CINCINNATI -- Bengals linebacker David Pollack will need
surgery for the cracked bone in his neck, likely ending his football career.
Pollack cracked the bone while making a tackle against the
Cleveland Browns on Sept. 17 and was placed in a halo brace that
immobilized his neck. Doctors told him that if the fracture healed
without surgery, he could resume his career.
The former first-round draft pick was examined Thursday by a
specialist who recommended surgery on the fracture, which is
expected in the next few weeks.
Pollack wasn't available for comment. All that the Bengals would
say is that "no forecast of Pollack's eventual return to football
will be made at this time."
The news was released after players were done practicing in the
During an interview in October, Pollack said that his career
would most likely be over if he had to have surgery.
"If it heals by itself, then I'm fine," he said at the time.
"It's just like anything else. I'll be fine to play again. It's
just a matter of how it heals."
He said during the interview that if the crack in the bone
didn't heal on its own, doctors would have to fuse two vertebrae to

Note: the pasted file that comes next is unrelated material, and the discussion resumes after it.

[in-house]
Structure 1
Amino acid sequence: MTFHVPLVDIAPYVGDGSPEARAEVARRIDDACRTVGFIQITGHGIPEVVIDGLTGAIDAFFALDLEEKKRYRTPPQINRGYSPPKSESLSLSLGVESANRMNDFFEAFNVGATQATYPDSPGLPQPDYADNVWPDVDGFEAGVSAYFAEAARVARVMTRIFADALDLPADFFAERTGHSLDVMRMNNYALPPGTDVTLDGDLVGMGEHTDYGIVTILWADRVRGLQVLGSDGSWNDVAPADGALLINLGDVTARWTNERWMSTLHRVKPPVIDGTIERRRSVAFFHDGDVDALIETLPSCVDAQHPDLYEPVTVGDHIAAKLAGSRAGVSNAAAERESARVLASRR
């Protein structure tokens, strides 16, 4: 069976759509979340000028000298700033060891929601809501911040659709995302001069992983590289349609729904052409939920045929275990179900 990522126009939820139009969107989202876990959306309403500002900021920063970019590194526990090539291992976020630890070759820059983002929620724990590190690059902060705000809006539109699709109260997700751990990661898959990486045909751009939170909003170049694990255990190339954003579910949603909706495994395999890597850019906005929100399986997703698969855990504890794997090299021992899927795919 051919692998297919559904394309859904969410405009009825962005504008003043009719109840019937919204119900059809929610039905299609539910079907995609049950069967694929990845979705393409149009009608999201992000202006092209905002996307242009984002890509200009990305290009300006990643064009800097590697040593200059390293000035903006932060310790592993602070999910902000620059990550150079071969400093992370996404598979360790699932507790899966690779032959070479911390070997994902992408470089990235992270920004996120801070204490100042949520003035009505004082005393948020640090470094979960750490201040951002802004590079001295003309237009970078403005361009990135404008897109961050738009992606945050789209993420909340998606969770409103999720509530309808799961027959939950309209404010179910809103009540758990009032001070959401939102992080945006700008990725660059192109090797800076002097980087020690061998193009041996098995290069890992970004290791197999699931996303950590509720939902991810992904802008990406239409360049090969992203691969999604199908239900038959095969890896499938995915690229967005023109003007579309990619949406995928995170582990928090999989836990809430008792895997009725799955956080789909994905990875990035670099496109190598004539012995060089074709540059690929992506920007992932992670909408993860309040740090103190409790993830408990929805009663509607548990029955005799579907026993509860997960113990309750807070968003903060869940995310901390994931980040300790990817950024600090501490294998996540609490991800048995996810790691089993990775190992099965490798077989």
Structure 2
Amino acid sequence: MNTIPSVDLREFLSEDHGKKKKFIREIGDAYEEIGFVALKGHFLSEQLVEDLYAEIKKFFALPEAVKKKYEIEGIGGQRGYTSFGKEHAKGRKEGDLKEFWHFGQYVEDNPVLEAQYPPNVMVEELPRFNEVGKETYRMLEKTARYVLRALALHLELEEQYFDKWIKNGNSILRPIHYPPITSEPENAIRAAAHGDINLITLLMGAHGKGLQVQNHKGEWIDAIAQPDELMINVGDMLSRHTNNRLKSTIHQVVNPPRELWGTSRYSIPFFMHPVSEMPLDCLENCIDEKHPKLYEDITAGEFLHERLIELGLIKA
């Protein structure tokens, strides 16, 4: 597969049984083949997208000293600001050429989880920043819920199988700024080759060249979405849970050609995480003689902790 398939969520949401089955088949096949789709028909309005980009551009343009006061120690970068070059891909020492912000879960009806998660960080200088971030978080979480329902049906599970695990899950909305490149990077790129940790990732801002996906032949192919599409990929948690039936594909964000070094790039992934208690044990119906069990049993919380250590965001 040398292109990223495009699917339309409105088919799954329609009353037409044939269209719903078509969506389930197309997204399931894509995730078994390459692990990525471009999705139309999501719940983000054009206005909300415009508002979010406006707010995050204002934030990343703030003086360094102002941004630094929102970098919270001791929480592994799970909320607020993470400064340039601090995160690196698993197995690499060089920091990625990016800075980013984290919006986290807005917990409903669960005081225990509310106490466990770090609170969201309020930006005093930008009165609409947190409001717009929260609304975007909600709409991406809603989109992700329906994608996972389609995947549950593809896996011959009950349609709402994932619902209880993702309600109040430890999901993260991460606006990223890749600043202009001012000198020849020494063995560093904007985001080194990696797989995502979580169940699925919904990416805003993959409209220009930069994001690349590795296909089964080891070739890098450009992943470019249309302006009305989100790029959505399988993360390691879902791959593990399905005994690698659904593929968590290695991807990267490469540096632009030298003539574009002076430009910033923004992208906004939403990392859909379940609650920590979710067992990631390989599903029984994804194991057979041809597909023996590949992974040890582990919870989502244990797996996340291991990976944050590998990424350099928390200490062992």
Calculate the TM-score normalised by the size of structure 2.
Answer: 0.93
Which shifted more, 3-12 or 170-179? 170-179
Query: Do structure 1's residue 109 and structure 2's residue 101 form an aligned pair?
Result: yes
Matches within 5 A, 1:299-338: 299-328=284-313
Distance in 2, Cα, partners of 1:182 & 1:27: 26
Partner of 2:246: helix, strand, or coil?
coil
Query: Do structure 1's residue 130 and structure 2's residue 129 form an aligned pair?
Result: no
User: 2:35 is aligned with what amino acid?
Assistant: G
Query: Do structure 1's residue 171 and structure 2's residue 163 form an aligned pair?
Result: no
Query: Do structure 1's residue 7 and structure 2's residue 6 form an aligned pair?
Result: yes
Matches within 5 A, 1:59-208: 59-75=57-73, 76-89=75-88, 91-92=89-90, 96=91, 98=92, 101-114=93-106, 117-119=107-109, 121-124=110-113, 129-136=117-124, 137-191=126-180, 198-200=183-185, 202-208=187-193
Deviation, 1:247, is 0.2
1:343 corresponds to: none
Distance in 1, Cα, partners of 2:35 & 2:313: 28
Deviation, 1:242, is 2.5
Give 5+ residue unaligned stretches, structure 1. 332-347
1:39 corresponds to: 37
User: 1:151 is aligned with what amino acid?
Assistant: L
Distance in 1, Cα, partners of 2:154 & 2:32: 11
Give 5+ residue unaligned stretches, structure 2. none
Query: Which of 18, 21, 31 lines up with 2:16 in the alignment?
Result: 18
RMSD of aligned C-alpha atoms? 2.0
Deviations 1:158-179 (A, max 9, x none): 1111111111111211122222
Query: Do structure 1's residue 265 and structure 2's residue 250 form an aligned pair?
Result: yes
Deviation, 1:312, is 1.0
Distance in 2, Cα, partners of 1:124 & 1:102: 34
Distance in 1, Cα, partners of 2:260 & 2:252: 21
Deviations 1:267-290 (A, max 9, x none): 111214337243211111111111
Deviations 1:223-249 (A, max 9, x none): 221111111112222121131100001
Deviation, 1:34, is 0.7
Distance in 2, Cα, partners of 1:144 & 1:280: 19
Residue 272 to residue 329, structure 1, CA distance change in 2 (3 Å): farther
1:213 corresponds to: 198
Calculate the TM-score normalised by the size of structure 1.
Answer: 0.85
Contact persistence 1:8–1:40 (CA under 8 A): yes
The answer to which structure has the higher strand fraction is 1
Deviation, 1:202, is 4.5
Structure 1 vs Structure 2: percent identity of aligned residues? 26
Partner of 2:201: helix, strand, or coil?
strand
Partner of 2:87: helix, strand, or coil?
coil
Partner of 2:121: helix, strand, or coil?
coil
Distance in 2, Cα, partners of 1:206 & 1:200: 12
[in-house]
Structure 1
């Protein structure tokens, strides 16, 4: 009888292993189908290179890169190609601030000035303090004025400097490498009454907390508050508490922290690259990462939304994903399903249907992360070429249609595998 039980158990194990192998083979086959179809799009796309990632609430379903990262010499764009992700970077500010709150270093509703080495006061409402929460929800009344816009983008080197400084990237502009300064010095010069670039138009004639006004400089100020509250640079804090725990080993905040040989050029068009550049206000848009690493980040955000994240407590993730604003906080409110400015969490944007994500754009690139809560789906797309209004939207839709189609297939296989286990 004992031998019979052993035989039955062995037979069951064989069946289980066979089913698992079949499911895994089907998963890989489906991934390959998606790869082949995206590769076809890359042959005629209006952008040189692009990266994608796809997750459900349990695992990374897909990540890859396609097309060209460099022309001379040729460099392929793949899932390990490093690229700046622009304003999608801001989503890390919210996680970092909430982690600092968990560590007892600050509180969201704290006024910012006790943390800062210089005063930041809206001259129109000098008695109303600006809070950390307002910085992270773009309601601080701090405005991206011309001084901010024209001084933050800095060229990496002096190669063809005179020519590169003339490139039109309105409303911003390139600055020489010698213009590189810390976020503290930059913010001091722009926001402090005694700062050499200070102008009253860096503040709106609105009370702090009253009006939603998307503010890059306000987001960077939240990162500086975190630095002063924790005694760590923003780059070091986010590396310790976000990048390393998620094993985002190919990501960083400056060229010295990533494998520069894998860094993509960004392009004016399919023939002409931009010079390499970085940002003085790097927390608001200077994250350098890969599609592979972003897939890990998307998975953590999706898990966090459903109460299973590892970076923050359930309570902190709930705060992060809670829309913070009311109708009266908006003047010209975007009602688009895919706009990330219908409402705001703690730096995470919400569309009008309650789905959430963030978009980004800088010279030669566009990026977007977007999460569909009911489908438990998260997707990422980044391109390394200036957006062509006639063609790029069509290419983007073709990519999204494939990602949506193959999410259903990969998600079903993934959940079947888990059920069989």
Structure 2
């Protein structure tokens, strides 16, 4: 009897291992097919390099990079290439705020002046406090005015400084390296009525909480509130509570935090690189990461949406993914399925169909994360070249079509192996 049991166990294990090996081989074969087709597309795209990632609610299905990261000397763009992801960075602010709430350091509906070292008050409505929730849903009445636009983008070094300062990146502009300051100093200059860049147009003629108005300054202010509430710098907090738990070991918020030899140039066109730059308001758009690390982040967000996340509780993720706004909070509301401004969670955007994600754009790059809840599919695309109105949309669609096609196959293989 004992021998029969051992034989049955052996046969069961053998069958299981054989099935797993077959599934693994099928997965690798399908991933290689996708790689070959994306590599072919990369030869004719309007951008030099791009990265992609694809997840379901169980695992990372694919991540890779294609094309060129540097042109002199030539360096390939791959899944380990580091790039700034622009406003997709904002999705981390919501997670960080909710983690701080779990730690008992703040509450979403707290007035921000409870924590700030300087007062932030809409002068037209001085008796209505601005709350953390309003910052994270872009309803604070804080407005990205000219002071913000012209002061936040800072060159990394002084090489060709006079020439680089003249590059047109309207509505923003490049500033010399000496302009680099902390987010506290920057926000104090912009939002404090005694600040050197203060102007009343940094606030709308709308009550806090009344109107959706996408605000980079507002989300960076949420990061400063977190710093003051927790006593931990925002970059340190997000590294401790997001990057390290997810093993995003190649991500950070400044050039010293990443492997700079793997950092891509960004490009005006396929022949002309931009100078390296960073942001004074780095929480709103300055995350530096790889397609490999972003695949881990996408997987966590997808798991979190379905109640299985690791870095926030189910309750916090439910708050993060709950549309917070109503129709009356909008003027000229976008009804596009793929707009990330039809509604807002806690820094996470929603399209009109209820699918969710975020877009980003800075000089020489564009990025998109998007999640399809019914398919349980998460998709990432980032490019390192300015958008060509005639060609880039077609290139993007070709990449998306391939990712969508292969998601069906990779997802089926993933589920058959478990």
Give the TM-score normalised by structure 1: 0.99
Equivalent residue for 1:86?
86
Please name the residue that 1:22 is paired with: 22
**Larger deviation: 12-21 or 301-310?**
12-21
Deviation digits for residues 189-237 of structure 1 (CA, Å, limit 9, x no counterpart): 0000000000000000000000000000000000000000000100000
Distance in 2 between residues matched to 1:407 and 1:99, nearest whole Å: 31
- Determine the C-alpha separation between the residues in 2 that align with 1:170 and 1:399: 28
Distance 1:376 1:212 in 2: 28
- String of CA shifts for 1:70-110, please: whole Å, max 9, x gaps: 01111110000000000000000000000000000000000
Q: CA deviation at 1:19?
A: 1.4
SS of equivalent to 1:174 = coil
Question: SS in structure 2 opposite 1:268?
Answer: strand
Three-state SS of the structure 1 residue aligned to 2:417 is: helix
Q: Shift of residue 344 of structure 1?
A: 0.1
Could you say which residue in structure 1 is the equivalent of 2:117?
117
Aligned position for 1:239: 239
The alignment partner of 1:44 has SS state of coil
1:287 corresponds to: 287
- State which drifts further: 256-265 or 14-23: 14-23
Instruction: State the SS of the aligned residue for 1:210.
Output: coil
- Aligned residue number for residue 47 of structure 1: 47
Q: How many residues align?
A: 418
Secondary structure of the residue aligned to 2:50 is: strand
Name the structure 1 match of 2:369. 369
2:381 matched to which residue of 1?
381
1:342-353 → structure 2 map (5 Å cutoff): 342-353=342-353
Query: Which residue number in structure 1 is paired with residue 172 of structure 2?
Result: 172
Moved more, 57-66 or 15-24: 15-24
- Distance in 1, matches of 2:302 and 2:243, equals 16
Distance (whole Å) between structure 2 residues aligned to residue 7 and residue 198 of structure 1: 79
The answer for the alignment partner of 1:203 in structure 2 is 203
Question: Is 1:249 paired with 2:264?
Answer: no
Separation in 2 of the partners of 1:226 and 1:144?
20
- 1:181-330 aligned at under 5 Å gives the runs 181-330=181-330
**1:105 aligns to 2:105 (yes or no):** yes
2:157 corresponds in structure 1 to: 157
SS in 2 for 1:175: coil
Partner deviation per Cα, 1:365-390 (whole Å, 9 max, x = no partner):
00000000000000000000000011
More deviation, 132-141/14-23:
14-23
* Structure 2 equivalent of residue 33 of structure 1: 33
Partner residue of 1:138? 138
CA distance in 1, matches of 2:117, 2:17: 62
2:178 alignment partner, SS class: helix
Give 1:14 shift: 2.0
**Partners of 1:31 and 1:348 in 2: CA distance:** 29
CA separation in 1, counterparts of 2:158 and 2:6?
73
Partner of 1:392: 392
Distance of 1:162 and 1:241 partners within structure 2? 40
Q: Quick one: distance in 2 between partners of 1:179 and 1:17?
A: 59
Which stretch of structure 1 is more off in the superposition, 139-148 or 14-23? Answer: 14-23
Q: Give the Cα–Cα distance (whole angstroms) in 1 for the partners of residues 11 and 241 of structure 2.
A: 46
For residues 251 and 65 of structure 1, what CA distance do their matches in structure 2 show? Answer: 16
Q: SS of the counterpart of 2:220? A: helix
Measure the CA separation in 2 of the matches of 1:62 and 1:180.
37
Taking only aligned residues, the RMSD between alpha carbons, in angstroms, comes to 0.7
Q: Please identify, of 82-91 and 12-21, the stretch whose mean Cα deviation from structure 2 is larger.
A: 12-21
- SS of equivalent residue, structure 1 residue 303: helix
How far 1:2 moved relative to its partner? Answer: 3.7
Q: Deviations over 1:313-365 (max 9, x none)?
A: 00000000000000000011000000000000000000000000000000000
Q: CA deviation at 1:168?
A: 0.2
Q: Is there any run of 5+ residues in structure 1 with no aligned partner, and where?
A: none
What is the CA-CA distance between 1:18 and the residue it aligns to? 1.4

stabilize it. He has full range of motion in his arms and legs, but
would be risking paralysis if he tried to play after such an
operation and hurt the neck again.
"One doctor said it: Not very many people walk away from a
broken neck twice," Pollack said. "And that's something that kind
of hits home, you know.
"When you fuse two vertebrae together, the likelihood for
injury is greatly increased."
Pollack was a first-round draft -- 17th overall -- in 2005 out of
Georgia, where he played defensive end. The Bengals picked him
intending to move him to linebacker.
A contract dispute cut into his rookie training camp, and he
didn't start until the sixth game. A sprained knee forced him to
miss two games during the season. Despite the setbacks, he ranked
second on the team with 4½ sacks.
The Bengals were expecting a big second season out of Pollack.
He snapped his neck while tackling Browns running back Reuben
Droughns during the second game of the season. As he lay on the
field, he didn't have feeling in his arms.
He was regaining sensation when he was taken off the field,
which made him think he merely pinched a nerve. Medical tests found
the small fracture, and he was put in the protective halo